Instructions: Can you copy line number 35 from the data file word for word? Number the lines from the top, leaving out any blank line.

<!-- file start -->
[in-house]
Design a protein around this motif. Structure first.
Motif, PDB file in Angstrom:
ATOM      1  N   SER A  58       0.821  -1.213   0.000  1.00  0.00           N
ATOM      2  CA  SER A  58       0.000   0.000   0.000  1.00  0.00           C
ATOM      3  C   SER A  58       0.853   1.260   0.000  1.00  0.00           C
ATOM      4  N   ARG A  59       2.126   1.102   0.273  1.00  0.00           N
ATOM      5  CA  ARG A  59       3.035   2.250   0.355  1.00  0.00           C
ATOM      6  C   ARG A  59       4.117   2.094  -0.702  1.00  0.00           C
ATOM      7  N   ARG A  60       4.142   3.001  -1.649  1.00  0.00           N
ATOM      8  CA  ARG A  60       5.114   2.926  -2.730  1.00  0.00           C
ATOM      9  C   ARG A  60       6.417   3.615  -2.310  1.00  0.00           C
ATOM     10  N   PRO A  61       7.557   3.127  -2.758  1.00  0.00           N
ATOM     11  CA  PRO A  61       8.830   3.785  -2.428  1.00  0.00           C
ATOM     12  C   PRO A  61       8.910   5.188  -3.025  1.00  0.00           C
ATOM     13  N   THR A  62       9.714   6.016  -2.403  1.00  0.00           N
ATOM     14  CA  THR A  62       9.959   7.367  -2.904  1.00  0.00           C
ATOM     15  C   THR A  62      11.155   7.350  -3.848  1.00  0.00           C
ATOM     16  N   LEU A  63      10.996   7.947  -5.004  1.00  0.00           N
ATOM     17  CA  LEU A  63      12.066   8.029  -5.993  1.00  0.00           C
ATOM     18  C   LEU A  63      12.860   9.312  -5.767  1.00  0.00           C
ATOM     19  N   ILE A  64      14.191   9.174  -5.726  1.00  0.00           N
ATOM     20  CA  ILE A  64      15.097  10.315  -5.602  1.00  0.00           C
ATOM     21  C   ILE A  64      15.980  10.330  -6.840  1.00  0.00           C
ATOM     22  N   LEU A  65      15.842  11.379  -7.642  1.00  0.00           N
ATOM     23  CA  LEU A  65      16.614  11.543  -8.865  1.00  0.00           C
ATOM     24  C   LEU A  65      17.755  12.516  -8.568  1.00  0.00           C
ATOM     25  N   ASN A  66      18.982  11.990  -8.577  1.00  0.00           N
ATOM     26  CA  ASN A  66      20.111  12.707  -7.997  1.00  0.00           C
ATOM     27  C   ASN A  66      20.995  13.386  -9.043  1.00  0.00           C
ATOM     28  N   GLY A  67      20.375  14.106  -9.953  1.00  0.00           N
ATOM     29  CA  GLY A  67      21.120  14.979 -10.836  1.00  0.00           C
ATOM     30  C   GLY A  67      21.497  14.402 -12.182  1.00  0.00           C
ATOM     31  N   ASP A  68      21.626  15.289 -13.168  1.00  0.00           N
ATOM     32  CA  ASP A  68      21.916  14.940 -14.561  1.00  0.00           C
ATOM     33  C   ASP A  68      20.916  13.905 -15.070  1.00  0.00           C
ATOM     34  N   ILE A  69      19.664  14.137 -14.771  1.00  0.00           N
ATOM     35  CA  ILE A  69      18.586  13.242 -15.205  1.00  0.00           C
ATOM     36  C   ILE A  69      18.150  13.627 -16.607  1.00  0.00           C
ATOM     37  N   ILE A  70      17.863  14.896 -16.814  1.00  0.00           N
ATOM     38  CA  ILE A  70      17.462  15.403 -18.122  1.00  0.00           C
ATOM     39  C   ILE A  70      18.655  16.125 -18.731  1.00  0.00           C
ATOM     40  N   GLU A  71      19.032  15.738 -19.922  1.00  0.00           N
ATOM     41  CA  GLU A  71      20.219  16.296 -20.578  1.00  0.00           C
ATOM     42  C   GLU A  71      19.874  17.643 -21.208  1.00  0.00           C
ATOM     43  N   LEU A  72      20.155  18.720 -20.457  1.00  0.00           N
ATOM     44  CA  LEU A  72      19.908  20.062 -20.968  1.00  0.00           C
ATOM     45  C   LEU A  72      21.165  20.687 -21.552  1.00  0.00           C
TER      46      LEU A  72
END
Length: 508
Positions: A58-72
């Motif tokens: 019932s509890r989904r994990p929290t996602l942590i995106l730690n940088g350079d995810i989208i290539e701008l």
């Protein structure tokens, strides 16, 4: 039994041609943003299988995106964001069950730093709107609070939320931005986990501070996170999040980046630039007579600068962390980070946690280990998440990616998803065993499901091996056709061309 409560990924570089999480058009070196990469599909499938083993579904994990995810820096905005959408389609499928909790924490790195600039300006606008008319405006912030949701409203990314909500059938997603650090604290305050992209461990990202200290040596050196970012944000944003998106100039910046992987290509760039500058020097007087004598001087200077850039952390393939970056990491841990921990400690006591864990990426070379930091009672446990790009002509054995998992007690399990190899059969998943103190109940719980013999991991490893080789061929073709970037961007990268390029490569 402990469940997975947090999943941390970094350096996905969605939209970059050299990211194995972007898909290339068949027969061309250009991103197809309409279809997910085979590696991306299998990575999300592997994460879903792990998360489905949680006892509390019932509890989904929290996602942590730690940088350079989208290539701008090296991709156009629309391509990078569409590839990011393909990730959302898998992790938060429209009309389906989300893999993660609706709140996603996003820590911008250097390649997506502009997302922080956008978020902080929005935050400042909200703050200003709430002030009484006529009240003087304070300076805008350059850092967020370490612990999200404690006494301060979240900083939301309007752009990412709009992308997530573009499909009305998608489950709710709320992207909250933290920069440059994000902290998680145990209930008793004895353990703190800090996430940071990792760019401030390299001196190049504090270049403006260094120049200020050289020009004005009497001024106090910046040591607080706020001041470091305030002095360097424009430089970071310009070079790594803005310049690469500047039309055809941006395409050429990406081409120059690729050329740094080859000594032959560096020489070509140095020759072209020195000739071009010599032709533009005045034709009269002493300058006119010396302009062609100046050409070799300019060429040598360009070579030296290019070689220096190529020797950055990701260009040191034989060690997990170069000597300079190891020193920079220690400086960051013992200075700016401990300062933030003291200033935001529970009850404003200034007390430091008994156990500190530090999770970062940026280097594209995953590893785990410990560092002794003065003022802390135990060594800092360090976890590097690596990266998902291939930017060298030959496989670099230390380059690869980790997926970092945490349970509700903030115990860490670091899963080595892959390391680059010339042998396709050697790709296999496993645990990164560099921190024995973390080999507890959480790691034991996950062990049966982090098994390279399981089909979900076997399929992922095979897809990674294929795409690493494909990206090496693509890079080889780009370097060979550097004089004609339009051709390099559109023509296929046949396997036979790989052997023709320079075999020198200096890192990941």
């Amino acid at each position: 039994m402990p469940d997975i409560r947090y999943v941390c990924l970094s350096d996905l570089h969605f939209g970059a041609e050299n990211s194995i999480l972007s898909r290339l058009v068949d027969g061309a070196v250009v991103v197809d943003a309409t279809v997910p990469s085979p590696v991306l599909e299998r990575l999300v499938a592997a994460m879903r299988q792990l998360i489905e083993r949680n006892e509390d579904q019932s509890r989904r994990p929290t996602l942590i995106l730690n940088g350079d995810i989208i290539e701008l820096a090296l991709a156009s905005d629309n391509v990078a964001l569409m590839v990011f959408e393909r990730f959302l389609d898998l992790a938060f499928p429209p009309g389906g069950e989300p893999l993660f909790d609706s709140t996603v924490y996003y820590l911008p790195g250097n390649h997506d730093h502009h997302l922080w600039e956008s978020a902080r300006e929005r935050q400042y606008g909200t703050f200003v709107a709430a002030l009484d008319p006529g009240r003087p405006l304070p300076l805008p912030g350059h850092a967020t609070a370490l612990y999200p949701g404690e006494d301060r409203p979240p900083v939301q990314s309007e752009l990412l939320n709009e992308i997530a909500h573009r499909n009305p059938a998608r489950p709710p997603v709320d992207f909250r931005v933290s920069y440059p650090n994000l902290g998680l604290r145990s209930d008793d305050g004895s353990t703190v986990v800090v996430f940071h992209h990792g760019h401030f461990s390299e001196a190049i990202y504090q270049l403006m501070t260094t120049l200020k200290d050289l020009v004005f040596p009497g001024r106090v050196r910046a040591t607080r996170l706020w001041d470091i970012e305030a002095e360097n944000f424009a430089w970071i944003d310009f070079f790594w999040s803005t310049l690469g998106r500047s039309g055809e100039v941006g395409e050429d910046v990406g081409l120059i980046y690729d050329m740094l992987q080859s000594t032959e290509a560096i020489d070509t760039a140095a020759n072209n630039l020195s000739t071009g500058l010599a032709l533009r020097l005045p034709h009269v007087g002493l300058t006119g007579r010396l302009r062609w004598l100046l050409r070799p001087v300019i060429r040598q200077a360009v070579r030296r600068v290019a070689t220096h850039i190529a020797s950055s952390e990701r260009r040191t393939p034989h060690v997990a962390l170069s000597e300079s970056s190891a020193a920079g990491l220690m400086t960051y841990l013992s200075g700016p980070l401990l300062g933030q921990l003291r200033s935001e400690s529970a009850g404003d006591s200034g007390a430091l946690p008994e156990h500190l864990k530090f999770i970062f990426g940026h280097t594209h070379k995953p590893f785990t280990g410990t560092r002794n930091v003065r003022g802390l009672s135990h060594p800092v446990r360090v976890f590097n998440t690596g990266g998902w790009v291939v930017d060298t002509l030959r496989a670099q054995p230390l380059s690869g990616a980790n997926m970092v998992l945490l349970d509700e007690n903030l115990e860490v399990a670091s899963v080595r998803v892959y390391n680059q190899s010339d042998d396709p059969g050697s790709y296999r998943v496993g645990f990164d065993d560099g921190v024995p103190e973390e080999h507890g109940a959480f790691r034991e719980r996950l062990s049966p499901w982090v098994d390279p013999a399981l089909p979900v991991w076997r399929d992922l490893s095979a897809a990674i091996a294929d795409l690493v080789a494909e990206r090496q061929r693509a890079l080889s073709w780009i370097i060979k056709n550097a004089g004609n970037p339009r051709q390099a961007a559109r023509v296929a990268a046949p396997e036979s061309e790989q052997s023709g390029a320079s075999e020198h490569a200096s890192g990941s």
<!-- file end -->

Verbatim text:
ATOM     32  CA  ASP A  68      21.916  14.940 -14.561  1.00  0.00           C